You should check to see what propagator GMAT is using. A constant step size RK4 method is going to drift from the true solution of the ODE over time, so if GMAT is using an adaptive step size method that at some points goes from the order of milliseconds to tens of seconds, its likely going to be closer to the solution than RK4.

In essence, this is what RK4 constant step size is doing: Its taking multiple evaluations of the derivative between now and the next time step in order to get a better estimate of how the function is changing (as opposed to say a 1st order euler's method). It then takes a weighted mean of those estimates in order to determine what derivative it will use to take this step. So as it can be seen from the plot, at some points it underestimates the area under the curve and at others it overestimates, which will build error over time.

Here is a zoomed out version (and 500 second time step) to show the effect.

Since you're using 60 seconds the error will grow less quickly but nevertheless will drift over time.

An adaptive step size solver will change its step size based on how fast the derivative is changing (the second derivative):

So if the derivative is closer to constant, it means that the solution is close to linear, so the solver can take bigger time steps. But if the derivative is changing, the solution is nonlinear, the solver needs to take smaller time steps.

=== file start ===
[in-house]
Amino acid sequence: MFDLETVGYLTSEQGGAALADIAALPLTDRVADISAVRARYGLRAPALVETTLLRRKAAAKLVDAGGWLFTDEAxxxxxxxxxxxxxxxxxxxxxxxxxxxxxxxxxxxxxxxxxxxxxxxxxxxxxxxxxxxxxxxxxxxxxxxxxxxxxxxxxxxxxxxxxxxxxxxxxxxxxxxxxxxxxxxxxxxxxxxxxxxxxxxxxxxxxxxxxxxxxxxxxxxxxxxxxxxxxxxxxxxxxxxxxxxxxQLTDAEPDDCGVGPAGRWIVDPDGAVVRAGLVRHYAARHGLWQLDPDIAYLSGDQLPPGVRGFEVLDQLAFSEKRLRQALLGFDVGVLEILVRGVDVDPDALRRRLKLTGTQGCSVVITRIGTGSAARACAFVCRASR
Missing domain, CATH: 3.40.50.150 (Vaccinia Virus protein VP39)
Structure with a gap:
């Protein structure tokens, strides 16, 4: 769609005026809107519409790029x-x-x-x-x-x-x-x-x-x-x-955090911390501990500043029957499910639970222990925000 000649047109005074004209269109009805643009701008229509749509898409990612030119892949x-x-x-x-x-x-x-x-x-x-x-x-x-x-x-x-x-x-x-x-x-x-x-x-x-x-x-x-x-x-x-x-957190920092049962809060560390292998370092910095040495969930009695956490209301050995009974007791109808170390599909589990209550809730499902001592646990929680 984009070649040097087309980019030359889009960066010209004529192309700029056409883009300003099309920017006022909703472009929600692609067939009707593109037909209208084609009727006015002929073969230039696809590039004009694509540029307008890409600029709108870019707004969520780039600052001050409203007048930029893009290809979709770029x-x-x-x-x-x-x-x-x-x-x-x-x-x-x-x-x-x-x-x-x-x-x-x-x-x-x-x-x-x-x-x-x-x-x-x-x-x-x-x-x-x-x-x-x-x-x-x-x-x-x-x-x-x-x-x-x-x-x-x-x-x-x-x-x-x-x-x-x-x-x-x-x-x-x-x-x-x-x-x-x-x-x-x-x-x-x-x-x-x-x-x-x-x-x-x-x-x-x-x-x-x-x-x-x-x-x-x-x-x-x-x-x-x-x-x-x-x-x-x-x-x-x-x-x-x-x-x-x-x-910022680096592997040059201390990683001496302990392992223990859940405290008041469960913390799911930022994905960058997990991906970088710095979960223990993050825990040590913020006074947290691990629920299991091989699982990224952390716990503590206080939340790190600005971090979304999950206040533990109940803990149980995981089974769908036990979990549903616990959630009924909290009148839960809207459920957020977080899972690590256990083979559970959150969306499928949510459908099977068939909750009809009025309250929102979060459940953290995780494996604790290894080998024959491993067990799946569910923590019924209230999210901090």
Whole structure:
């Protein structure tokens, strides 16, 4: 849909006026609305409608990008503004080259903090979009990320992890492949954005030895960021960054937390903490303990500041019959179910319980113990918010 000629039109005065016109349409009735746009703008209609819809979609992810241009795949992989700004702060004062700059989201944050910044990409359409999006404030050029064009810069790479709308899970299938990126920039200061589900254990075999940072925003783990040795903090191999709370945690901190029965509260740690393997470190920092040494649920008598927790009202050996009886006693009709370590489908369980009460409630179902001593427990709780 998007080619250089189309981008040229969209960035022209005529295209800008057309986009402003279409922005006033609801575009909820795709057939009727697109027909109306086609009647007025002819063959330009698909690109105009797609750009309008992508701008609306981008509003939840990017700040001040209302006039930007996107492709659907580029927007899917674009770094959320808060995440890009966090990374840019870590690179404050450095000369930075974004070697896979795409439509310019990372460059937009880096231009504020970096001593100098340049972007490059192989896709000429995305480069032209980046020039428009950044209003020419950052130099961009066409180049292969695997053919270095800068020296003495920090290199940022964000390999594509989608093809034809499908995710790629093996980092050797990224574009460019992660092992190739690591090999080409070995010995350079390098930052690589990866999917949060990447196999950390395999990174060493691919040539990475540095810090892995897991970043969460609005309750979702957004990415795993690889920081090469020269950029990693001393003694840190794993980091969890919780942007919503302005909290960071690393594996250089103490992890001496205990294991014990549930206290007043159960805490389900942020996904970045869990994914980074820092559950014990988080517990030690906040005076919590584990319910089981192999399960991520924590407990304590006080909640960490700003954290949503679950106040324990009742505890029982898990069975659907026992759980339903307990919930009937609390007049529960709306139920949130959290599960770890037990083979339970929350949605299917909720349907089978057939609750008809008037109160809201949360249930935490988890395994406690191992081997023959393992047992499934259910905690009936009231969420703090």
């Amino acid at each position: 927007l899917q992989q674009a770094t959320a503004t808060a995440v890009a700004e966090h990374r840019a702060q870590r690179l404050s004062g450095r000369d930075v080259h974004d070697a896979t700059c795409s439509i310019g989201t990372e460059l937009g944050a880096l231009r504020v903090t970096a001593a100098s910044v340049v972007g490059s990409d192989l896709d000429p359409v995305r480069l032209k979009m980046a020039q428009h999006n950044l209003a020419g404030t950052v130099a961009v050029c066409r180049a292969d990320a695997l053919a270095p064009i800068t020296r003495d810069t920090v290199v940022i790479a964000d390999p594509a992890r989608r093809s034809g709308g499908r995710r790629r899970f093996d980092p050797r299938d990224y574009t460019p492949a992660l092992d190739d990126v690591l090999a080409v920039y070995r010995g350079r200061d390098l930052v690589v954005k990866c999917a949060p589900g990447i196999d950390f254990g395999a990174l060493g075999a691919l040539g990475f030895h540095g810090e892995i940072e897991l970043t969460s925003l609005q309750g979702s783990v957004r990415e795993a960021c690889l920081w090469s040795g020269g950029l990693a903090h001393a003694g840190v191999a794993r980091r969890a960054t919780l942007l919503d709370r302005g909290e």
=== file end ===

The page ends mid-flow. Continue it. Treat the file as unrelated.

The most common of these methods is RK4-5, which compares the solution from the RK4 and RK5 methods, and based on how different they are will change the time step accordingly.

So overall there may not be anything wrong with your model / RK4 implementation, it may be depending on what propagator GMAT is using that you're comparing your solution to

Also if you're curious these screenshots come from a video I made on ODE solvers:

• @ChrisR I didn't post the question? I also don't use Simulink, Matlab, or GMAT Nov 24, 2021 at 17:34
• Hi @AlfonsoGonzalez, thank you for your answer. In GMAT (to have consistent results) I've used a Runge Kutta 4 and forced the step size to remain constant setting 60 seconds as minimum and maximum step size. For this reason I expected to get the same results. In any case, I was already thinking about implementing an adaptive step size. I will try to solve it like this. Thanks again for the answer. Nov 24, 2021 at 19:25
• I withdraw my previous comment. I think my eye caught on the "Last modified" author and I thought Alfonso had written the question and answered it. My apologies. Nov 24, 2021 at 22:30
• @Frank we can replace "fuzzy" with "thick" or "wide". Well since there is disagreement we can know that one or both are pretty much just plain wrong. What I recommend is to isolate the integration from anything else. Get you initial state vector and start a simple program in matlab or better yet open-source Python and integrate for one and then a few orbits and compare directly. I'll add an answer about how to do that in a few hours.
– uhoh
Nov 25, 2021 at 10:29
• Adding to @uhoh 's comment, you could also try testing the difference between this GMAT propagator and Matlab's ode45 (as well as your propagator). I would also usually encourage Python but I think OP's company is looking for this in Matlab Nov 25, 2021 at 10:38